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Brie Larson doesn't hate white dudes, but wants more diversity among film critics

Brie Larson used an acceptance speech Wednesday to address the need for more inclusion among movie reviewers.T...

Posted: Jun. 15, 2018 12:47 AM

Brie Larson used an acceptance speech Wednesday to address the need for more inclusion among movie reviewers.

The "Captain Marvel" star received the Crystal Award for Excellence in Film at The 2018 Crystal + Lucy Awards and used her time at the podium to discuss a lack of diversity in film criticism.

Larson received the Crystal Award Wednesday night

"A Wrinkle In Time" director hailed Larson's remarks

Larson elicited applause when she said she didn't need "a white dude to tell me what didn't work for him about '[A] Wrinkle in Time.'"

"It wasn't made for him," Larson said. "I want to know what that film meant to women of color, to biracial women, to teen women of color, to teens that are biracial. And for the third time, I don't hate white dudes. These are just facts, these are not my feelings."

The facts Larson cited were from a recent study by the University of Southern California Annenberg Inclusion Initiative, which examined movie reviews.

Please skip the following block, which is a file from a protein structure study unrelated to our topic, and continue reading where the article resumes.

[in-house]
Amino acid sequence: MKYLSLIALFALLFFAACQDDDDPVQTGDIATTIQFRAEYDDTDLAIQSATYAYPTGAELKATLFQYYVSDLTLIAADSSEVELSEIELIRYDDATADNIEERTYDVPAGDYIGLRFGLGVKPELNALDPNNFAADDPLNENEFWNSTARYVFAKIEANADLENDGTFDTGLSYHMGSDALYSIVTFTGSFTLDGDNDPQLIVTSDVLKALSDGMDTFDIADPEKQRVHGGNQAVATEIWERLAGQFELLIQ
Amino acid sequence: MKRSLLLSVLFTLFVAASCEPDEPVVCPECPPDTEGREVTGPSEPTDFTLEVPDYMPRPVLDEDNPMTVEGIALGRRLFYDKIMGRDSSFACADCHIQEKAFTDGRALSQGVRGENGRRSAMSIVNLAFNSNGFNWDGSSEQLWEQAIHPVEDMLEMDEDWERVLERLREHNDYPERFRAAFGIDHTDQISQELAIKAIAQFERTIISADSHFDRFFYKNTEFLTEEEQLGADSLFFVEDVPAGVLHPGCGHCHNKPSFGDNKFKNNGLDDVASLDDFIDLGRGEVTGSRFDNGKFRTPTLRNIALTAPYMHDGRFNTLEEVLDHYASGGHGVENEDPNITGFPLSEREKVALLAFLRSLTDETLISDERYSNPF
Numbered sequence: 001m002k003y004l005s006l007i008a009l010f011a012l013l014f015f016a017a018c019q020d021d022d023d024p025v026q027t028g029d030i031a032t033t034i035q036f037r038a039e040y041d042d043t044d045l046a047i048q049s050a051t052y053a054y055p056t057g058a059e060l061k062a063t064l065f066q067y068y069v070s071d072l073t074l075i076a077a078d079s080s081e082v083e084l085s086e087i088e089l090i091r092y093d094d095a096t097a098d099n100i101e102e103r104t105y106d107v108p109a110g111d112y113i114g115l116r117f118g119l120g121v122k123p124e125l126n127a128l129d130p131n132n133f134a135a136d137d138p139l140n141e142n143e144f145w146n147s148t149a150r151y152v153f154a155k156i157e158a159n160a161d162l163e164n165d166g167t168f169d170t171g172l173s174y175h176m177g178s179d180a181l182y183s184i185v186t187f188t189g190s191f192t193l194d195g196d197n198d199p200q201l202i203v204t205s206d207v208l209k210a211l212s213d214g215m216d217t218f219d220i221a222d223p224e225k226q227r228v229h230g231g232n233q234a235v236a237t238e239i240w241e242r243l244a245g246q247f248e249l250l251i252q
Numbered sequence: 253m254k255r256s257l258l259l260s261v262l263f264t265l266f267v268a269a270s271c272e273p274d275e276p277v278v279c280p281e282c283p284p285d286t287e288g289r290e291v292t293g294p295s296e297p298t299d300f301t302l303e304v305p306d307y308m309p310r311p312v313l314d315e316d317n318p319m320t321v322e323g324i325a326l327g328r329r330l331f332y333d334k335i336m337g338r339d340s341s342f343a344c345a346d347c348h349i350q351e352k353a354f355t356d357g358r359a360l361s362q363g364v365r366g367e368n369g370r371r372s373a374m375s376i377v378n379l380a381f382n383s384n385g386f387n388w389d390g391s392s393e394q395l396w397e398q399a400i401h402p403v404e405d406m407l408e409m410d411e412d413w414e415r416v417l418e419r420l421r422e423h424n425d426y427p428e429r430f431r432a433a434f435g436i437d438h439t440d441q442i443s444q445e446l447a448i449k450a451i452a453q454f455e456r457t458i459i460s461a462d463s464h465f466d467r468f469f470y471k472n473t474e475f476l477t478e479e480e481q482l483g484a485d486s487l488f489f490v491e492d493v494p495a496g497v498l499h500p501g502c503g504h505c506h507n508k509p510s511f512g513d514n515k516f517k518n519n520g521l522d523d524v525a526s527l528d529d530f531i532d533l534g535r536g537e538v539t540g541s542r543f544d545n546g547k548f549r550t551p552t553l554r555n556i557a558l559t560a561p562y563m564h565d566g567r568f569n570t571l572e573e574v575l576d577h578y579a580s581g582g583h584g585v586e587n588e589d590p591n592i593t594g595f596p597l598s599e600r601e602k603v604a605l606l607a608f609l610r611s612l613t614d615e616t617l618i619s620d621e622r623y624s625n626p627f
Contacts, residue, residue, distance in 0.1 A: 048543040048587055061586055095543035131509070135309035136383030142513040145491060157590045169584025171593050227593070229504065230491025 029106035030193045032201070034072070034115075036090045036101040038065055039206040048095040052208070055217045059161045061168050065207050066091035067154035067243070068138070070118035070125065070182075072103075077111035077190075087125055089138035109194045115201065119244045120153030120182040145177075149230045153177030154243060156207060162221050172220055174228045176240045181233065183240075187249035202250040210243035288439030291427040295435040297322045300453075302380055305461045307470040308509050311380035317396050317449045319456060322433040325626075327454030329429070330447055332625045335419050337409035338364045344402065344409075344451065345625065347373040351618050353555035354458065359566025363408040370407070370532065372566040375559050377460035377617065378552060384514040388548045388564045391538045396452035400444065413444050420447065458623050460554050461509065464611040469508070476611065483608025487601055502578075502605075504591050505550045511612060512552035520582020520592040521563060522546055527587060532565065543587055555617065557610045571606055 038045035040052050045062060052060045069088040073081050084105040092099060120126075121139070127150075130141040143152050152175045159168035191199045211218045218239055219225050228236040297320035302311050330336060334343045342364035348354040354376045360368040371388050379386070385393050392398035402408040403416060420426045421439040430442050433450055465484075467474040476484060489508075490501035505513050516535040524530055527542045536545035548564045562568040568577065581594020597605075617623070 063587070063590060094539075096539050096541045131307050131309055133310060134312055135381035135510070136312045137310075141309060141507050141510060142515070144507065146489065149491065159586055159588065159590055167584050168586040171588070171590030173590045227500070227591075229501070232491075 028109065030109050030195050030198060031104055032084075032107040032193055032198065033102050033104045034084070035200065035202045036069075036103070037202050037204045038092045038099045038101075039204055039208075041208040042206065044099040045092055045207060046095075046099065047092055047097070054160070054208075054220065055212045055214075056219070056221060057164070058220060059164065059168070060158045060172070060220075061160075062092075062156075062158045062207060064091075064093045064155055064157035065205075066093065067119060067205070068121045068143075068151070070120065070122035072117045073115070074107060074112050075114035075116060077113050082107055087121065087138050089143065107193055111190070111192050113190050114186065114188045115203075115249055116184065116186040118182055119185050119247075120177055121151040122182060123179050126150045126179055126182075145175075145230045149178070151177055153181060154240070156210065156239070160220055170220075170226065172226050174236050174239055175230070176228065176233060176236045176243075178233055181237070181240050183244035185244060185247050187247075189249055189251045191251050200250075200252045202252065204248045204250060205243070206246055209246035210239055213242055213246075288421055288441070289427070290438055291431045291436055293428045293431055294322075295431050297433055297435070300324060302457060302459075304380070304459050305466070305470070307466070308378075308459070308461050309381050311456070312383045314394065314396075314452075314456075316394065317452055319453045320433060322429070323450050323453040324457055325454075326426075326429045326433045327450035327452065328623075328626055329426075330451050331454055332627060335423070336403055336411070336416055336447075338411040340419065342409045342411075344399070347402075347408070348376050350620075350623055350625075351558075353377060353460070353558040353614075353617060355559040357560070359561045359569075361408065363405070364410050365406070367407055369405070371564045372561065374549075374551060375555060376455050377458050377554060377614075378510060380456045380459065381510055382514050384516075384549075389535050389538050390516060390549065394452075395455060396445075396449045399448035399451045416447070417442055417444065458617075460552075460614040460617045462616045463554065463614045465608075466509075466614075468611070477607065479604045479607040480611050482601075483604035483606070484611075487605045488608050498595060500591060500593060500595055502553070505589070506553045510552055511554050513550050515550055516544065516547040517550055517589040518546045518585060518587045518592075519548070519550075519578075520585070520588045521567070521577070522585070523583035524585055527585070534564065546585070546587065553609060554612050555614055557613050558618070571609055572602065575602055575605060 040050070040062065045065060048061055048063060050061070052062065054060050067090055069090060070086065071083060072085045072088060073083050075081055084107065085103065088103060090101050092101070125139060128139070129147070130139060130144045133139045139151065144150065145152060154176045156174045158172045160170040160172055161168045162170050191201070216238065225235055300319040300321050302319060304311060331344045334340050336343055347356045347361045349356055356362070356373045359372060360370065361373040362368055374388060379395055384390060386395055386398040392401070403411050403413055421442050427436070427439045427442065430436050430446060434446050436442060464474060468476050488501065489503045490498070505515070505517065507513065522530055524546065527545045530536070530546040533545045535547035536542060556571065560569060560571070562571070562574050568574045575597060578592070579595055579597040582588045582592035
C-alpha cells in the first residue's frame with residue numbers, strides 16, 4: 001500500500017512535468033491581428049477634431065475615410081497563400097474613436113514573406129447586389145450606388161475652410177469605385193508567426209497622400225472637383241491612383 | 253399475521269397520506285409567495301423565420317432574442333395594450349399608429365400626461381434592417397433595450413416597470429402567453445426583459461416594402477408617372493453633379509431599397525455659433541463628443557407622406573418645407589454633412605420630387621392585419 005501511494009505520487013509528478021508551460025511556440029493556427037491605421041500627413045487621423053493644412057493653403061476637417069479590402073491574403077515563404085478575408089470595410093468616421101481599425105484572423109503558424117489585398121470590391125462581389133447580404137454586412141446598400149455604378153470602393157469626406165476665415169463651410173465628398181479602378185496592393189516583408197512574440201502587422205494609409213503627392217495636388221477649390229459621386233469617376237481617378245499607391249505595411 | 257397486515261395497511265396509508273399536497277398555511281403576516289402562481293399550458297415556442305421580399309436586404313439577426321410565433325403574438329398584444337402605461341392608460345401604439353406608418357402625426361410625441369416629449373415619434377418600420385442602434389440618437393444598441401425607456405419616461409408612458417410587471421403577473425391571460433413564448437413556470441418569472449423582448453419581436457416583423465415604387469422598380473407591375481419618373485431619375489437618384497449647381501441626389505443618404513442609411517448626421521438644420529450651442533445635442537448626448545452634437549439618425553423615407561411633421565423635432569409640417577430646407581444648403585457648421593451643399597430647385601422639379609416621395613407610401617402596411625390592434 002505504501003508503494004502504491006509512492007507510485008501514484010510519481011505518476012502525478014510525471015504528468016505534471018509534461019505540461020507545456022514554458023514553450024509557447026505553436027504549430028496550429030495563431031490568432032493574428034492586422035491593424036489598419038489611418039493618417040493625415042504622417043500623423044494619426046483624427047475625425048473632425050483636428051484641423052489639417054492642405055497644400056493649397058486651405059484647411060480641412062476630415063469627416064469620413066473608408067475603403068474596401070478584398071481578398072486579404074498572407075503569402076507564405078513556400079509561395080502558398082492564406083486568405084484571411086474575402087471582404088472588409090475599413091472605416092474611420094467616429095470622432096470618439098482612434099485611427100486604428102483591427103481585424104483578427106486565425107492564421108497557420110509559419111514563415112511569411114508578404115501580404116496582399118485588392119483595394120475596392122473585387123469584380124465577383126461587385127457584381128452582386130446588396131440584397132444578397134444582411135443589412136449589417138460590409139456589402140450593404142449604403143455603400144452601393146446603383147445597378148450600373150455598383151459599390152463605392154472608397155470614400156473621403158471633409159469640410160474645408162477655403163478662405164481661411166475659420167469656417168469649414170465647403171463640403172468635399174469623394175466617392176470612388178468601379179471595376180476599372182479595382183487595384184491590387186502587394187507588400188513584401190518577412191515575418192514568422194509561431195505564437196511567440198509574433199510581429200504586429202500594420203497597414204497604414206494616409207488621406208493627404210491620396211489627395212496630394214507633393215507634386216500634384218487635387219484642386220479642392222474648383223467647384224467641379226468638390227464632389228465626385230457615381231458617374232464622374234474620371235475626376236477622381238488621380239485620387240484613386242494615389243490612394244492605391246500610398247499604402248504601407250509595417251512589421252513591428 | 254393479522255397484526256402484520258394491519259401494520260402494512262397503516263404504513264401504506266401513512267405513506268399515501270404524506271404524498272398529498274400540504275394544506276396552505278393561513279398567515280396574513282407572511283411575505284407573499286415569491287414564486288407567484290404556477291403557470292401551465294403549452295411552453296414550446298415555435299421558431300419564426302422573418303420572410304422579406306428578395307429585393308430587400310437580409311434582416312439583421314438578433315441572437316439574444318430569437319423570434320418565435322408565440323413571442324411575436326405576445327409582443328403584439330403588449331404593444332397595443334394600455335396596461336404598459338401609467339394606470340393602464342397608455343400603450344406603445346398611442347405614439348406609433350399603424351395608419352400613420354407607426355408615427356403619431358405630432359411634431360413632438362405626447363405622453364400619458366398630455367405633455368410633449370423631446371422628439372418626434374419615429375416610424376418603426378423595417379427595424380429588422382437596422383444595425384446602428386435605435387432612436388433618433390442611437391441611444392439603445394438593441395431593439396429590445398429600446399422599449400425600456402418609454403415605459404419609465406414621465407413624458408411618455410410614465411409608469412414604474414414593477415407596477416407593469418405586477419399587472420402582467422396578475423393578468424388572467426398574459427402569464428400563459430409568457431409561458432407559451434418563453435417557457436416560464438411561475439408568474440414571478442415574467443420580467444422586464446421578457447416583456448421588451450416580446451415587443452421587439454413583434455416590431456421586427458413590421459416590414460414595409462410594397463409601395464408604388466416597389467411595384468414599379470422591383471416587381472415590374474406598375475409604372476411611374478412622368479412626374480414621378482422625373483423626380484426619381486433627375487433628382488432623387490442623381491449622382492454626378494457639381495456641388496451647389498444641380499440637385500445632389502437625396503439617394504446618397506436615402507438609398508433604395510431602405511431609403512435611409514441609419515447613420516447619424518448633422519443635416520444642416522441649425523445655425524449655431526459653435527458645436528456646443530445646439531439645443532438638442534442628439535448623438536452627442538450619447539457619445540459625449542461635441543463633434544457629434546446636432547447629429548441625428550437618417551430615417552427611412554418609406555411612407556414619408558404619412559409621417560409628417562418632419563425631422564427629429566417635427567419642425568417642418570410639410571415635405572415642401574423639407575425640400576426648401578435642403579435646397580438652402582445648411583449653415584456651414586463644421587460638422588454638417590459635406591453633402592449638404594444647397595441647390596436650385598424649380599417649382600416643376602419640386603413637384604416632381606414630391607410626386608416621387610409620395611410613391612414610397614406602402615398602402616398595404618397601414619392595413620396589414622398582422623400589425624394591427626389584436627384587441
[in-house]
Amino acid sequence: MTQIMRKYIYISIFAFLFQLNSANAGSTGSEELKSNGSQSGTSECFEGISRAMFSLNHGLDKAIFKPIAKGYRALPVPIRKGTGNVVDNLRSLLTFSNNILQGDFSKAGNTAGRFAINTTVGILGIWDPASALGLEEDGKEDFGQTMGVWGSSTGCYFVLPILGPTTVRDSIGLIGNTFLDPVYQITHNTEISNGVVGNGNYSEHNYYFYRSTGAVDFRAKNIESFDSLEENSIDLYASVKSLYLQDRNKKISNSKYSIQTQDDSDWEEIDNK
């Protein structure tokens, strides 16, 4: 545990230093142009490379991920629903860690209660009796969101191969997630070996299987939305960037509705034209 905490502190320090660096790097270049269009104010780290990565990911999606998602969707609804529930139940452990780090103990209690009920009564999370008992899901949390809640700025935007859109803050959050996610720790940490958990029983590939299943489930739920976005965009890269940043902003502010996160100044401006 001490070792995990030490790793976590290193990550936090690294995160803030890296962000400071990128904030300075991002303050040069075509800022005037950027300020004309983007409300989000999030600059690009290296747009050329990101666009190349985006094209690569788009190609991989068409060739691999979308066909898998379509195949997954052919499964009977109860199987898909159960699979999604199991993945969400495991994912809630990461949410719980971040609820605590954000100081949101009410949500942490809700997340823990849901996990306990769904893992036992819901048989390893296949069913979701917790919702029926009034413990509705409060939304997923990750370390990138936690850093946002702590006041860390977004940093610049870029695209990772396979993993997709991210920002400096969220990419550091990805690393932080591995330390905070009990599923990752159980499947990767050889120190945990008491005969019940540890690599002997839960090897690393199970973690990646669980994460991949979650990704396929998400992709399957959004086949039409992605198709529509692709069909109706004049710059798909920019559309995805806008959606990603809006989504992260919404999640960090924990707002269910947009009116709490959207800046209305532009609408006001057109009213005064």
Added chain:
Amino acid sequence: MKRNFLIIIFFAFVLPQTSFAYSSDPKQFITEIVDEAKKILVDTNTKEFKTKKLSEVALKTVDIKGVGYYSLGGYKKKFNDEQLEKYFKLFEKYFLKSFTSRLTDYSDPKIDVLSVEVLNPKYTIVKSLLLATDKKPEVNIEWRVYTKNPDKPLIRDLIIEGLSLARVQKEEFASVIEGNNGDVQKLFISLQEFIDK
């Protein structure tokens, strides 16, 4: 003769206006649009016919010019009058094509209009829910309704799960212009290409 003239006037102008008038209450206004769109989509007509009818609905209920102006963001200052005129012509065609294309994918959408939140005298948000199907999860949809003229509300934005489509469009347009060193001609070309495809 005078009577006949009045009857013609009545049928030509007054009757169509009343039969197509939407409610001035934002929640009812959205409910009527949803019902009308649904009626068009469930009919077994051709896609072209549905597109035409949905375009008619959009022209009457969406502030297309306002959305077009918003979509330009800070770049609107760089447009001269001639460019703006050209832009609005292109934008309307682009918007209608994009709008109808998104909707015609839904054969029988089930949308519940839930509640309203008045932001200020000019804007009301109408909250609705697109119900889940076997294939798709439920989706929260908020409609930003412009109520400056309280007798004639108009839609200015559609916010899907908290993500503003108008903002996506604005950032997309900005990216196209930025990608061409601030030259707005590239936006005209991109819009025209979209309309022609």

The group looked at 100 top-grossing films of 2017 on the site Rotten Tomatoes to assess the gender and ethnicity of the critics and found that reviewers are overwhelmingly white and male.

According to the report, only 22% of nearly 20,000 reviews evaluated were written by women and 82% were authored by white critics.

In her speech, Larson called for this to change.

"What I am saying is that if you make a movie that is a love letter to women of color, there is an insanely low chance a woman of color will have the chance to see your movie and review your movie," she said. "We need to be conscious of our bias and make sure that everyone is in the room."

"A Wrinkle In Time" director Ava DuVernay praised Larson's comments, calling the actress and filmmaker "a warrior" in a tweet.

Larson also announced that the Toronto and Sundance Film Festivals have committed to ensure at least 20% of critics credentialed for their next festivals will be from underrepresented groups.

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